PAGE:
Much of the Indian discourse centres not on how India can grow strong and rich speedily but on gauging how popular the nation is becoming with foreigners — to which clubs it is being invited, which country is offering to sell what arms to it, the level of FII flows, and the latest 'special' gestures and laudatory references by a foreign power. India allows China to dump cheap manufactured goods but will not open up competition in labour-intensive manufacturing at home to provide productive employment to a quarter billion impoverished Indians who constitute the world's largest underclass. All important powers subsidise their military modernisation through arms exports but such is the lure of kickbacks and foreign trips that India's ruling classes have developed a vested interest in keeping the nation dependent on imports for almost all its main conventional weapons.
The absence of clear, long-term strategic goals and political resolve only swells the longing for outside approbation and recognition. India is the only known country that overtly moulds its policies to win international goodwill. Even when faced with aggression, like in Kargil, India did not open a new front to relieve pressure and allowed the US to midwife an end to the war because its main concern was international goodwill. The desire for external endorsement and certification is deep-seated.
The rise and fall of great powers is testament to the critical role of vision, leadership, tenacious goals, capability growth and enabling ideas. India, however, faces a triple deficit in the key propellants of national power — a leadership deficit, a strategic foresight deficit and an idea deficit. Old, tired, risk-averse leadership operating on the lowest common denominator can hardly propel any nation to greatness.
A nation's influence and prestige are built on capability and what it stands for. Ideas and themes serve as the rationale to the assertive pursuit of national interest, providing the moral veneer to the ruthlessness often involved in such endeavour. The philosophy of non-violence, on which India was founded, was crushed in 1962. Non-alignment has become passé. India is left only with advertising itself as a liberal, secular democracy — a notable achievement but hardly a galvanizing element. Some may ask what sort of liberal democracy India represents when its president and prime minister are both bureaucrats who never won a single direct election and came to office by accident.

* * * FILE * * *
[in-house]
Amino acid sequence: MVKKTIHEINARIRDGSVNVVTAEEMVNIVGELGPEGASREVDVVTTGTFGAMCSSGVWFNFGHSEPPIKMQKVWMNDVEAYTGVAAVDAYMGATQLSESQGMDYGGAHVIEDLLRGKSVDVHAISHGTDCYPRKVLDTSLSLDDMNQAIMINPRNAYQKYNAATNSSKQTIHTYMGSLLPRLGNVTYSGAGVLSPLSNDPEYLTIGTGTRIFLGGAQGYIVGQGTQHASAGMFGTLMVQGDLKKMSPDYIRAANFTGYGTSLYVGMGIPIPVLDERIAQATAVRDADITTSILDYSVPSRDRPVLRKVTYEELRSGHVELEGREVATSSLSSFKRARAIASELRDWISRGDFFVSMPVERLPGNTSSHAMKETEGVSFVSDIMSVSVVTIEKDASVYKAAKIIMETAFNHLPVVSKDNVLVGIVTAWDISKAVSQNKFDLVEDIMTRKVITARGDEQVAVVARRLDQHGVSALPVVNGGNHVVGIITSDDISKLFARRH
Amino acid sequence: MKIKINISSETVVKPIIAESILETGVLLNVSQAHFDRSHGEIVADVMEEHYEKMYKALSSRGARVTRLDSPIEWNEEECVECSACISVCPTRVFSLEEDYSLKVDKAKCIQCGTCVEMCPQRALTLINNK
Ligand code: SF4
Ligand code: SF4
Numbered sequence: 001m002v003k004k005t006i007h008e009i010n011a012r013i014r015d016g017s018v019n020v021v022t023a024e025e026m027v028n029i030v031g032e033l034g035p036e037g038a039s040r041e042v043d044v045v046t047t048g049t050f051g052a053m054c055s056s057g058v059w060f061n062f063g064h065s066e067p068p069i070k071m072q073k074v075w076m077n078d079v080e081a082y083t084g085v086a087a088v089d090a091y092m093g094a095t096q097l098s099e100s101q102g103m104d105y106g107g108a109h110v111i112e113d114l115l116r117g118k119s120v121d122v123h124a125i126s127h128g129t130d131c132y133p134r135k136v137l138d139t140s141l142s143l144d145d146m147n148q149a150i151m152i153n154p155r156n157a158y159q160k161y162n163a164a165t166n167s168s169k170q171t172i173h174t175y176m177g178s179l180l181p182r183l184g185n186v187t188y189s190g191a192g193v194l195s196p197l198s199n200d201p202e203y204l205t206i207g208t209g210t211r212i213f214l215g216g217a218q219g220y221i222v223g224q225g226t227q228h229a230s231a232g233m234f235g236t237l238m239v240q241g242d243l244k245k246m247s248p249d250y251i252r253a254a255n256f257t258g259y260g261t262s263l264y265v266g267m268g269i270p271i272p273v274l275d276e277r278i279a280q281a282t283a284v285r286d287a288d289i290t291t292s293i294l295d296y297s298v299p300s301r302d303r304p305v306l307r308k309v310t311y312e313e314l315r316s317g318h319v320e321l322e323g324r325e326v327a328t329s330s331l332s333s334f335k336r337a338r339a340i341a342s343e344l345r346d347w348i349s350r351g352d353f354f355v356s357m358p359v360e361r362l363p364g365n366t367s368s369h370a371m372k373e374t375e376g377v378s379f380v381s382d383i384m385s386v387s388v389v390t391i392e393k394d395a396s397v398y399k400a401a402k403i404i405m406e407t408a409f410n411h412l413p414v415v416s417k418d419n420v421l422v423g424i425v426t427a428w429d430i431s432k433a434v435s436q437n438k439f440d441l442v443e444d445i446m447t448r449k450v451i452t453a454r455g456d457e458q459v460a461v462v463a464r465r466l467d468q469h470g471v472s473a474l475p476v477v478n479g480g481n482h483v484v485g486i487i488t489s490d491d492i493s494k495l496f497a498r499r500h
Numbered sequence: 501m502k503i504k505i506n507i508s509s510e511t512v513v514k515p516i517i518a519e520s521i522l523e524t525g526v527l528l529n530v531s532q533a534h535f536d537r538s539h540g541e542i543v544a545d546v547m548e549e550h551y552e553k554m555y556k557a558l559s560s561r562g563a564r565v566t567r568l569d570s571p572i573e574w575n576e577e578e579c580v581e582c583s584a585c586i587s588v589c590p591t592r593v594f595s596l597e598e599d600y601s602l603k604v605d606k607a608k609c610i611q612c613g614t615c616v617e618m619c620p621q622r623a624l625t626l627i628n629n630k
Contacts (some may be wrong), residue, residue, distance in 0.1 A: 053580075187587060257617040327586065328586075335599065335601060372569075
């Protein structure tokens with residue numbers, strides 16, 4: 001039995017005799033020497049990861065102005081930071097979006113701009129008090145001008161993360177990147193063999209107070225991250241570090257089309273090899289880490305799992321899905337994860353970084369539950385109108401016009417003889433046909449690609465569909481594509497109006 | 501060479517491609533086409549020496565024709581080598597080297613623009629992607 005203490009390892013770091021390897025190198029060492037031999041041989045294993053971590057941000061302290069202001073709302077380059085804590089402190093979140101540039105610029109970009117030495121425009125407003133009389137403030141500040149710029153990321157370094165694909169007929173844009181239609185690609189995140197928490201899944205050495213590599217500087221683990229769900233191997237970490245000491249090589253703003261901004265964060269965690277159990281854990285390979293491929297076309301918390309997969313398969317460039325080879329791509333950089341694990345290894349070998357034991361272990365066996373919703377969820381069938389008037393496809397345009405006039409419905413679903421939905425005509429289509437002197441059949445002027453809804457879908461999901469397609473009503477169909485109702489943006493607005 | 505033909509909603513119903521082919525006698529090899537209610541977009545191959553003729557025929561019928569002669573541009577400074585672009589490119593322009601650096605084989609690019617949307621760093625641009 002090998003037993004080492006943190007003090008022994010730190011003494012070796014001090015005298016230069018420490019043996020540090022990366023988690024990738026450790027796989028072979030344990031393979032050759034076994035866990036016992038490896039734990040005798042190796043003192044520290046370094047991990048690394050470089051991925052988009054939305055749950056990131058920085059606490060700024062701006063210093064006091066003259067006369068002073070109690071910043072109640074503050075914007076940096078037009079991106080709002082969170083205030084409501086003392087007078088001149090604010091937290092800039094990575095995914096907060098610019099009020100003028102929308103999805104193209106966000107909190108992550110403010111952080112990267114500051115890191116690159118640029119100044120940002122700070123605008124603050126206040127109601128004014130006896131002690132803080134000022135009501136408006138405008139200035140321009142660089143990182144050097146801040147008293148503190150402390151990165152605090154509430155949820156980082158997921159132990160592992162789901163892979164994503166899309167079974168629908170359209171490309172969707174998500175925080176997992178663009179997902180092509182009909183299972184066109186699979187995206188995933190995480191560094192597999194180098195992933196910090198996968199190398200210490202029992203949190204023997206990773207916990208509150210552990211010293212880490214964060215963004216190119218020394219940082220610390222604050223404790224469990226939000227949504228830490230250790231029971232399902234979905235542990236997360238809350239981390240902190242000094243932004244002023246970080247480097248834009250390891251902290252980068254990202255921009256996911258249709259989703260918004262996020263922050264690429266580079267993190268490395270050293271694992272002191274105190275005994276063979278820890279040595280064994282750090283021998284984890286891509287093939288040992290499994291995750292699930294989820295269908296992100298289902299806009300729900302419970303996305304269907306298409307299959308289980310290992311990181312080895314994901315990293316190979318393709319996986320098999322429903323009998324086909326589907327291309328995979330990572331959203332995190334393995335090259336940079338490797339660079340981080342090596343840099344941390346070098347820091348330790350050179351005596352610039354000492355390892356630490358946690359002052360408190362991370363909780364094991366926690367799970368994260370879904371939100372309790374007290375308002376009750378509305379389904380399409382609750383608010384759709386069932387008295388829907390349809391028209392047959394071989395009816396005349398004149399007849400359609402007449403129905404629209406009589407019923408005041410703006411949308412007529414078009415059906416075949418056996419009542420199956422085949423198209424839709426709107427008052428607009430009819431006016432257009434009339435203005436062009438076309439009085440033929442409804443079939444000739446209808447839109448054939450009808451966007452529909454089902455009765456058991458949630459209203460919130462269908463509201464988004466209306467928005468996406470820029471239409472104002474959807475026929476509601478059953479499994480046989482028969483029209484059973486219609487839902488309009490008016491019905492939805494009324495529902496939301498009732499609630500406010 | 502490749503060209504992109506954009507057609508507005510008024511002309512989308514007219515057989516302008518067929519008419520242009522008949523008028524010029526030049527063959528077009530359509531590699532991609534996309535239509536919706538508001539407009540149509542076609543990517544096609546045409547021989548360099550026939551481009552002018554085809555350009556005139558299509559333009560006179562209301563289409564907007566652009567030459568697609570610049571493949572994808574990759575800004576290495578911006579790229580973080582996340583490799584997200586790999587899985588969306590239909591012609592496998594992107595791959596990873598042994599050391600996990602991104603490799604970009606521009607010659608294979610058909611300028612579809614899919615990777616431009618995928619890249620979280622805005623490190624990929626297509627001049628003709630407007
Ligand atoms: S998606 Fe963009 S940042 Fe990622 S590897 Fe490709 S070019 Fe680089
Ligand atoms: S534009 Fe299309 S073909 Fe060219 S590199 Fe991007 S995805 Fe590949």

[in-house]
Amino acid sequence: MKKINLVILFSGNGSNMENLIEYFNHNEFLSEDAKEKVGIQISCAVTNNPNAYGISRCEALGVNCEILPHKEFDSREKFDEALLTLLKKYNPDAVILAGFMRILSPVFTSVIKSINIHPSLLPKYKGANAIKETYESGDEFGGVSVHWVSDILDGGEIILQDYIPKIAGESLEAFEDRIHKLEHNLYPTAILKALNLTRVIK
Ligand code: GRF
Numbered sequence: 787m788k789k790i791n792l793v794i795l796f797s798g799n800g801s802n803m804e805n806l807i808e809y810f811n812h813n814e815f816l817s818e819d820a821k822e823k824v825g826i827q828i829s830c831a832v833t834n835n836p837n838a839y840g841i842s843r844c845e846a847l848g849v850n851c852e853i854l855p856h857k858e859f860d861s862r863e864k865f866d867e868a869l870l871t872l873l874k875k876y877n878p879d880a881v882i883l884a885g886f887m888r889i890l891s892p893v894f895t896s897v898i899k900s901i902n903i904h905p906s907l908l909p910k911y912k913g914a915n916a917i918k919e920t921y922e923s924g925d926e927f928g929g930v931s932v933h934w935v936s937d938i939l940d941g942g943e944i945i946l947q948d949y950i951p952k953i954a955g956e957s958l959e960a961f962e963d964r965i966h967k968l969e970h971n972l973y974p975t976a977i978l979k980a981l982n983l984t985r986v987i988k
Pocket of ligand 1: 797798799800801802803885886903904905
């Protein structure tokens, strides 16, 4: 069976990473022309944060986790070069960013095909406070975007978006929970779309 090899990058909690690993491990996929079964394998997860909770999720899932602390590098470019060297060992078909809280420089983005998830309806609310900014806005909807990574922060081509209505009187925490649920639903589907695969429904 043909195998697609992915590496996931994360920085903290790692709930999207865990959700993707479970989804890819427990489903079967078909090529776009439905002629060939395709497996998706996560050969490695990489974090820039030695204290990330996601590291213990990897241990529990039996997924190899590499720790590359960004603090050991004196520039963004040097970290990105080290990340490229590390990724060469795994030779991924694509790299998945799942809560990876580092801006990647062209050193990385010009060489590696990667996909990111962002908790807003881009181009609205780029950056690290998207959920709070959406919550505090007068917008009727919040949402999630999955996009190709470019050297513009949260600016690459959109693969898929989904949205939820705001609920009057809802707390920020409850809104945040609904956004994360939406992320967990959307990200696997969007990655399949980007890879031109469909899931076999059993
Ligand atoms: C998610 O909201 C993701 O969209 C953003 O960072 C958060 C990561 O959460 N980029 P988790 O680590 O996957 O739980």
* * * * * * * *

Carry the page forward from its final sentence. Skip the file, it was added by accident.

India has to start thinking the ideas that would enhance its appeal and help aid its rise as a great power. What does India wish to promote or offer internationally? Like in domestic policy, would India shy away from hard decisions if it were in the UN Security Council, as it should be in the seat of international power? The old ways of thinking are breaking down in India. But clear new political ideas are still to emerge in their place. The idea deficit has been laid bare by the PM's homage to British colonial rule and the leader of the opposition's homage to the founder of Pakistan — a double blow to the dogmas on which India was founded.
India's love of flattery makes it particularly vulnerable to seduction by praise. Remember the elation that greeted Washington's offer — made the day it decided to sell F-16s to Pakistan — to "help India become a major world power in the 21st century"? India has shown it can exercise power self-protectively to withstand external pressures. But the same India can be sweet-talked into ceding ground in a process of engagement. One act of defiance in May 1998, for instance, was followed by several acts of compliance, as Jaswant Singh fed the nation dreams sold to him by Strobe Talbott.
The itch to join every club, even if it's just a talk-shop or doesn't treat India fairly, needs to be contained. From showing up as an observer at the anaemic Shanghai Cooperation Organization to seeking membership of the US-led Nuclear Suppliers' Group even as it remains its target, India weakens its leverage. On the way back from the G-8 meeting, the PM said India will "apply for membership" of the fusion-power consortium. India should join a group by invitation, not by application. An invitation, however, will not come to a supplicant. The best way India can end the nuclear embargo against it is not by flaunting its 'impeccable non-proliferation credentials', as it childlike does, but by employing proliferation as a strategic card like China.
India should persist with its efforts to build a mutually beneficial strategic partnership with the US to help underpin its long-term interests. But if India allows process to matter more than results, the US will continue to play to its quest for status through syrupy promises while it develops aspects of the relationship beneficial to US interests. The warm ambience of Manmohan Singh's meetings in Washington should not deflect India from insisting that the relationship progress in a balanced way so that it secures clear economic and strategic gains, not status-enhancing inducements.